Dennis Cooper & David Trinidad
If lucky, you might capture that
elusive flight of ideas which involve you
when you’re “in love” with the chosen one.
One fine day, in other words, your
fleet might come waltzing around
your door. With luck you’ll be looking for what
it implies about truth, beauty, and gratitude—
that kind of stuff. You are my kind
of guy. I am the lucky one. I am
awaiting one sign, or this romanticized look in my eyes
has a way of throwing its dead weight around when
you keep me at arm’s length.
The longer I wait, the more I want you.
I’m in love with you, you big galoot!
Put simply, if I’m allowed to lose total control of myself
for a guy, as if you didn’t know. Don’t go.
1/9/85, NYC, 5:54 p.m.
I was visiting Dennis in New York; we wrote “S.O.S.” in the living room of his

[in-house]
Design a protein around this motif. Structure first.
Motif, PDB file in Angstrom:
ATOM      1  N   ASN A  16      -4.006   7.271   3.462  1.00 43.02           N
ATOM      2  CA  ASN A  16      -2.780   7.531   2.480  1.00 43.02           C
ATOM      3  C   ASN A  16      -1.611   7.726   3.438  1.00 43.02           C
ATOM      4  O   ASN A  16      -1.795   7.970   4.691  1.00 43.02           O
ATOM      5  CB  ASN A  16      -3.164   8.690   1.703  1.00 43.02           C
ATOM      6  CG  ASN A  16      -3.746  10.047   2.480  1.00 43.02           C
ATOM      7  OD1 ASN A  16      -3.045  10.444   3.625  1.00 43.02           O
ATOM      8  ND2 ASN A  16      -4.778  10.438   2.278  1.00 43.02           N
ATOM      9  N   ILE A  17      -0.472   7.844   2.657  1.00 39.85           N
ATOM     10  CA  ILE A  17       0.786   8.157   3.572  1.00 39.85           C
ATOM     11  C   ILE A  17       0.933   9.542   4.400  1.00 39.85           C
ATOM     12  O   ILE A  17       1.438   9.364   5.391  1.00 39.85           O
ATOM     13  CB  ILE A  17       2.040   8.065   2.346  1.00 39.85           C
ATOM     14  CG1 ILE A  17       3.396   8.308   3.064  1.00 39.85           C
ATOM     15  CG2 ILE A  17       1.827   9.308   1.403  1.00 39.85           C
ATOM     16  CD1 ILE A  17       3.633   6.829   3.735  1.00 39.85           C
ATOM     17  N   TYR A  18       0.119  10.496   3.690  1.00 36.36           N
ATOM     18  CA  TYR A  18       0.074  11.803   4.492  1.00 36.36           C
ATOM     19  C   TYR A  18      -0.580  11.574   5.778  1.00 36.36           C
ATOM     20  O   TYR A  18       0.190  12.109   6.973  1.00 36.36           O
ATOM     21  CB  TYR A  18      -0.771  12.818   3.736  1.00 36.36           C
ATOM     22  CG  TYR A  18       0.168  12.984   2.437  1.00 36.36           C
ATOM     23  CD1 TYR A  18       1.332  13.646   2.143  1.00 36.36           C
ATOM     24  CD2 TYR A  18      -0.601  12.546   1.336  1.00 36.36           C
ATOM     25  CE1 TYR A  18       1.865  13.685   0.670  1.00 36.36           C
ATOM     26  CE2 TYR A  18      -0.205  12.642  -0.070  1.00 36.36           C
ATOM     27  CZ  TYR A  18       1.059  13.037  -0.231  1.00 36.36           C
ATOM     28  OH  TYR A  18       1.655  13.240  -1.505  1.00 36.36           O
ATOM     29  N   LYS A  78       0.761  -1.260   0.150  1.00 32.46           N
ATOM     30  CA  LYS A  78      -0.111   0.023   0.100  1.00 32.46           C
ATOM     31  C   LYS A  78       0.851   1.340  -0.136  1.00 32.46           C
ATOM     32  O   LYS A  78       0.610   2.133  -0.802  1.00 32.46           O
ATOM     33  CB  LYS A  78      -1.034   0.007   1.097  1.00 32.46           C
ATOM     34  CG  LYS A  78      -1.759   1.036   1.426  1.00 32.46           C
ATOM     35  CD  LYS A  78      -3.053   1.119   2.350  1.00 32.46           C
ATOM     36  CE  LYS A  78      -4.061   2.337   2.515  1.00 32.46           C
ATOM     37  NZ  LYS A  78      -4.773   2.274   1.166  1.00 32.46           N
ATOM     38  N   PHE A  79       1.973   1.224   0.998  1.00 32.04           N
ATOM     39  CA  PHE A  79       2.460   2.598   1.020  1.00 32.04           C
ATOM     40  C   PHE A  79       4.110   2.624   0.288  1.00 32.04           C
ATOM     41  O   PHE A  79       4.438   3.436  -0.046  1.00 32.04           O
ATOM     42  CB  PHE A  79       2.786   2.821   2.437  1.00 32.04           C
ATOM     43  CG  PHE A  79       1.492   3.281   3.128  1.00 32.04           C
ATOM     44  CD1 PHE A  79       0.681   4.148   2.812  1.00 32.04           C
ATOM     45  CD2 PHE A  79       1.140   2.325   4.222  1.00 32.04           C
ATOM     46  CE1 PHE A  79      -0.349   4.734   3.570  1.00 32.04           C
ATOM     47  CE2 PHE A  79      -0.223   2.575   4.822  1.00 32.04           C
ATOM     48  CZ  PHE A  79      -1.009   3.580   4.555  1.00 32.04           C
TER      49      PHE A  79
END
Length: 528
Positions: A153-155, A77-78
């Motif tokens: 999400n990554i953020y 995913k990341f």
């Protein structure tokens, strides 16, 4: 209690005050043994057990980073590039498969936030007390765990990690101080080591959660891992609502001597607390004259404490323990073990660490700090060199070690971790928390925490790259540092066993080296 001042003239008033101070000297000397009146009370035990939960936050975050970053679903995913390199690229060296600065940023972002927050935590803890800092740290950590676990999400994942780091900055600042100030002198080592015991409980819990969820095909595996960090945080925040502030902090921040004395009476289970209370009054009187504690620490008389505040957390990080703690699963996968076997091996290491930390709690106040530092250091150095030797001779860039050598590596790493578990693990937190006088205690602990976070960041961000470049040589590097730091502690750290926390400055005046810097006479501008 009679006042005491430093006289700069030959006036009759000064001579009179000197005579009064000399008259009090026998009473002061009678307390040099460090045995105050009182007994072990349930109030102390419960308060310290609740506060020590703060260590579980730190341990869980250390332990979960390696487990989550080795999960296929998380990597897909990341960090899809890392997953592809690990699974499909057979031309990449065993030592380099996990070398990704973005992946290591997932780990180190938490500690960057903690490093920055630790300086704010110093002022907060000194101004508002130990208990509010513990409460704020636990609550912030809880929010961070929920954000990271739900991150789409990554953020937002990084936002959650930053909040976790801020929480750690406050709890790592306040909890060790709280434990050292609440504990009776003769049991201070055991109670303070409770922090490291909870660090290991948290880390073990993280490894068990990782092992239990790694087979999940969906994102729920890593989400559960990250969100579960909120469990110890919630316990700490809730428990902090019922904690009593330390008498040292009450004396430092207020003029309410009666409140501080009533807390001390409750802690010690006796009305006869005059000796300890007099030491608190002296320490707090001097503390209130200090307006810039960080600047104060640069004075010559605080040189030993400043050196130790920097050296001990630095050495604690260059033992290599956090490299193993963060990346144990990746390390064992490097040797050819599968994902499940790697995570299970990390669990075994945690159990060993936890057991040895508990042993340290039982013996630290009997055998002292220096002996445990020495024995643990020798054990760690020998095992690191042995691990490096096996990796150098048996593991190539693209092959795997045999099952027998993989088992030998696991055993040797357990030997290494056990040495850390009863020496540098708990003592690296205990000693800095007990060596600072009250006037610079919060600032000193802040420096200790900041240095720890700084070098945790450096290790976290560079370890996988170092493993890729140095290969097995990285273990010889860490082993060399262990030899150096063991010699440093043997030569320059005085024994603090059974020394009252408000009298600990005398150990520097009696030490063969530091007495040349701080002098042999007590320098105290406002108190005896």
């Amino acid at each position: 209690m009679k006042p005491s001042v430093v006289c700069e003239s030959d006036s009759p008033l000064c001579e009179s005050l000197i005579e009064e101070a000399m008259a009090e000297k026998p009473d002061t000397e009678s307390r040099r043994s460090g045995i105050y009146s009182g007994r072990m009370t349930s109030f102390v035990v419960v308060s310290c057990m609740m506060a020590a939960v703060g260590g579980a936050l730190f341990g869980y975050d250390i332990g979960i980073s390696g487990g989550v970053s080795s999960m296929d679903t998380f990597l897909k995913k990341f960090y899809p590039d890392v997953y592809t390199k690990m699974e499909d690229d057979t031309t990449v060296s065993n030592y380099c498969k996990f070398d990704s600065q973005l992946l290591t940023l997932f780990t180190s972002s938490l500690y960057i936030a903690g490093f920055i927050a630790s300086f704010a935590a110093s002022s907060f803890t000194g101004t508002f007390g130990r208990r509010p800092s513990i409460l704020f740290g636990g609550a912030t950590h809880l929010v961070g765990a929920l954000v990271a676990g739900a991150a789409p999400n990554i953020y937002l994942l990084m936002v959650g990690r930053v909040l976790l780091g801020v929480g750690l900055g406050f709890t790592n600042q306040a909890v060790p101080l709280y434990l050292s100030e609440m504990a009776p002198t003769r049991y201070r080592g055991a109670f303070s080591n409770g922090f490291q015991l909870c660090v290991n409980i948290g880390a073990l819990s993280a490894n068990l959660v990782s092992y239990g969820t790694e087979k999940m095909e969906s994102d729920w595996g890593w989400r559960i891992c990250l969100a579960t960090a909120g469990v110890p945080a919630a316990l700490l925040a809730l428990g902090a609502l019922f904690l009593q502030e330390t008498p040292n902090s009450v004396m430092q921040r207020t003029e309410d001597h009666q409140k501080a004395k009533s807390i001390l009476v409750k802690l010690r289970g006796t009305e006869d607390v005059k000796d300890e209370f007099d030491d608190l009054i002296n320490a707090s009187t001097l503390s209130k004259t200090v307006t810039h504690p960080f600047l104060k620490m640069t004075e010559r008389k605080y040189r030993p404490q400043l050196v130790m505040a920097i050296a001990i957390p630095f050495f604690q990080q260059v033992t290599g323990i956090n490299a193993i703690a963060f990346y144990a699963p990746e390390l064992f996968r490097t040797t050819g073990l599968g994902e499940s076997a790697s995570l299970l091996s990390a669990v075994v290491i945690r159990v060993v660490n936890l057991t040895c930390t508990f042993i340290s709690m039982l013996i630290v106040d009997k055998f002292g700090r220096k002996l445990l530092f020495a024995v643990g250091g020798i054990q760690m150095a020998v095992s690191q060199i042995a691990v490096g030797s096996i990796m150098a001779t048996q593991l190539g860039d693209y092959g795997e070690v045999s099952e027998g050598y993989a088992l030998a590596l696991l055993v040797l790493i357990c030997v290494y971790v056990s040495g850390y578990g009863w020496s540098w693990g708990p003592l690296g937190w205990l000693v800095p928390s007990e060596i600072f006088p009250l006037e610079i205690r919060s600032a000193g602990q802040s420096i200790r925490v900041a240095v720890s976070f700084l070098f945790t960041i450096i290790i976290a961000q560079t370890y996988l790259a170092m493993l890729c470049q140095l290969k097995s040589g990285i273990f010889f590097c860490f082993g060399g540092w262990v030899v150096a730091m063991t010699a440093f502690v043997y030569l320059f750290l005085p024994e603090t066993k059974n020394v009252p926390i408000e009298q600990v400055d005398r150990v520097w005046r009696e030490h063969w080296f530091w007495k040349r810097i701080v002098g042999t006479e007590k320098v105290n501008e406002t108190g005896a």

apartment on Twelfth Street (just off of Second Avenue). A few years earlier we’d
written, while driving from San Francisco to Los Angeles, a poem called “The
Ordeal,” so this was our second—and in my opinion more successful—collaboration.
I don’t think we ever wrote another. The title is from the ABBA song; I’m
sure it came from Dennis, as ABBA was one of his favorite groups. I remember
that we alternated lines, and that Dennis was responsible for the ending, which
I liked, which I still like. “One fine day” in the fourth line had to have come
from me: I was obsessed with 60s girl groups at the time; “One Fine Day” was
a hit by the Chiffons. I also remember that I had a big (ultimately unrequited)
crush on someone in Los Angeles; this kind of wistful energy fueled not only
the poem with Dennis, but many of my own poems from that period as well.